Most people struggle in their weight loss attempts. Some people successfully stick to a diet for awhile, lose weight, and then slip back into problematic eating behaviors. Our current society does not make the healthy choice easy to make. Additionally, there are many sources of stress that impact our physical and emotional health. I see unhealthy excess weight as a symptom of larger core issues— unhealthy diet, ineffective emotional coping mechanisms, poor sleep, stress, problematic social relationships, and more.
To lose weight successfully, and maintain that loss, requires a transformation. In the process of losing weight you will confront unhealthy behaviors and self-limiting beliefs. You will find ways to fill your time that do not involve food and eating. You will confront all of your excuses that in the past have led you straight to food.
The first place I recommend you start is getting clear on what diet changes you plan to make. Diet is not the only factor that impacts weight, but it does have a significant role in many people’s weight loss struggles. There are many types of diets out there, many books written on this subject. I help my clients find a diet to start with that works for them, and then I help them make tweaks to personalize it (if necessary) based on their preferences and lifestyle. I suggest choosing a diet that emphasizes real, whole unprocessed food and that eliminates refined food and added sugar. I also suggest making sure the diet is not overly restrictive, and I do not advise juice/smoothie “cleanses”.
All diets work, and none of them work. This means, if you follow any diet you are likely to lose weight. It also means, many people do lose weight breaking various diet rules. People lose weight eating carbs, eating over 1200 calories, eating dairy, eating more processed foods, etc. People don’t lose weight by continuing to binge eat or by punishing themselves in other ways with excess/unhealthy food.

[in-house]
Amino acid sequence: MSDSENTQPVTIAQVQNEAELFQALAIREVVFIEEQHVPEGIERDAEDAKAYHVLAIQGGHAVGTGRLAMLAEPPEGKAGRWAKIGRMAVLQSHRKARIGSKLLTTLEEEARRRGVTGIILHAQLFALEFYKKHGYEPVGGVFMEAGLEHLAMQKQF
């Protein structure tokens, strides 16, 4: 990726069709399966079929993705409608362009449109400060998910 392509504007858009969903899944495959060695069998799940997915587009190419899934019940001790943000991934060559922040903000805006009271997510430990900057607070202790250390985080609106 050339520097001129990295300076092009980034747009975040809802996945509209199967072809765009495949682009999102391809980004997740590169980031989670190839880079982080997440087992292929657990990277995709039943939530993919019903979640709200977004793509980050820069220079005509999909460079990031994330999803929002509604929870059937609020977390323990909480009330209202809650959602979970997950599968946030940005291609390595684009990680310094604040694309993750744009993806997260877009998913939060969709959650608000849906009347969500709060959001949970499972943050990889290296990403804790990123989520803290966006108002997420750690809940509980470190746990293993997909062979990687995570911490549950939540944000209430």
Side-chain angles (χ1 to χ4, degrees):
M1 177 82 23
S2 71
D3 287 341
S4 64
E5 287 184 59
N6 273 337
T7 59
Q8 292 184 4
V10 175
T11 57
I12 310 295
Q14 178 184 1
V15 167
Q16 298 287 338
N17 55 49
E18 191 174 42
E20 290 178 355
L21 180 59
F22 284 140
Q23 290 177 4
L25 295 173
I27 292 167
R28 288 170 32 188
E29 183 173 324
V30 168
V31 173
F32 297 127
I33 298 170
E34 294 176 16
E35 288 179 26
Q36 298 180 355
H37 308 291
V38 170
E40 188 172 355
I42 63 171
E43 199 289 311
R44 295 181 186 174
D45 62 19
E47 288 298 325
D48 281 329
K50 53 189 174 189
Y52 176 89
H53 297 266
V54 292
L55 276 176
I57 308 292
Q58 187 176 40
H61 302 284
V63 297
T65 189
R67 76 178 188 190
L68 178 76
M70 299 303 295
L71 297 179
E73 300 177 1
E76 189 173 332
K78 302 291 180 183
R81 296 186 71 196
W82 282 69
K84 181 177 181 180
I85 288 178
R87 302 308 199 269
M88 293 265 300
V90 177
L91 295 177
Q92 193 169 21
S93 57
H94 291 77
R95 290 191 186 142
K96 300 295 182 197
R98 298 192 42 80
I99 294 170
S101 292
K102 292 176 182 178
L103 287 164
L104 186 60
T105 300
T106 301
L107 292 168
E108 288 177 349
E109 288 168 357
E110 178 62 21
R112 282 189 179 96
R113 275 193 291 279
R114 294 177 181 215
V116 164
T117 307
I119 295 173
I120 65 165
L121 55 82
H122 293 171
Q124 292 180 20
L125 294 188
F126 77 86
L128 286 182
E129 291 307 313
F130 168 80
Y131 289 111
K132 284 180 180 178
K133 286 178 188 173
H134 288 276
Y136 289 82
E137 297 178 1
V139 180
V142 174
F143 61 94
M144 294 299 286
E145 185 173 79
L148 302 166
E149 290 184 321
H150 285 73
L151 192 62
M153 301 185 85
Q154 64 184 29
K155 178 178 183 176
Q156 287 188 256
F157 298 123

So, pick a diet that you think will work for you. You don’t have to eat this way forever. Many diets have a more restrictive initial phase, and then broaden food choice as weight loss progresses. A weight loss coach might be able to help you make adjustments to better suit your personal preferences.
Now that you have your diet, identify your systems of support. Having someone to whom you are accountable is crucial. As a weight loss coach, I provide my clients with this accountability.
Next, figure out how your *non emotional* food/eating behaviors must adjust. If you used to eat out a lot and now you are going to cook, how are you going to adjust your schedule to find time for meal prep? Will you need to get up earlier to pack a lunch for work? If you choose to eat in a restaurant, how are you going to ensure you order a meal aligned with your diet? This step basically addresses the specifics of carrying out your diet plan.
Maybe the above steps are all you need to be successful. For many people, they aren’t. Many people struggle with emotional eating, and stress eating, cravings, and feeling tired, and then making the choice to give up on the diet struggle because they think it’s just too hard. Many people continue to berate themselves and their bodies. There are many nuanced ways in which people struggle against unhealthy food-related behaviors.
I think for some people, responding to negative emotions and stress with food is a learned habit. At some point you learned that when you felt stressed and then ate something, you felt better. Some people don’t learn this connection. So, when they feel stressed, they meditate or do yoga or spend some time outside and are just really gently with themselves about it. This thought occurred to me recently when I noticed that I was feeling really anxious and felt a huge wanting to eat a lot of food. This was something I used to do a lot: Feel some kind of uncomfortable emotion or discomfort –> Eat. I broke my diets over and over again, and it was incredibly frustrating and demoralizing. I realized, I must have learned this connection between feeling uncomfortable and wanting to eat, which meant that just because I felt like I wanted to eat a lot of food didn’t mean I needed to do it. I could refocus my attention on something else. I also reminded myself how terrible I’d feel if I did that, both physically (from too much food) and emotionally (from denying myself healthier and more productive ways to handle my discomfort). I am really proud of my progress with this!
You can learn to do this too.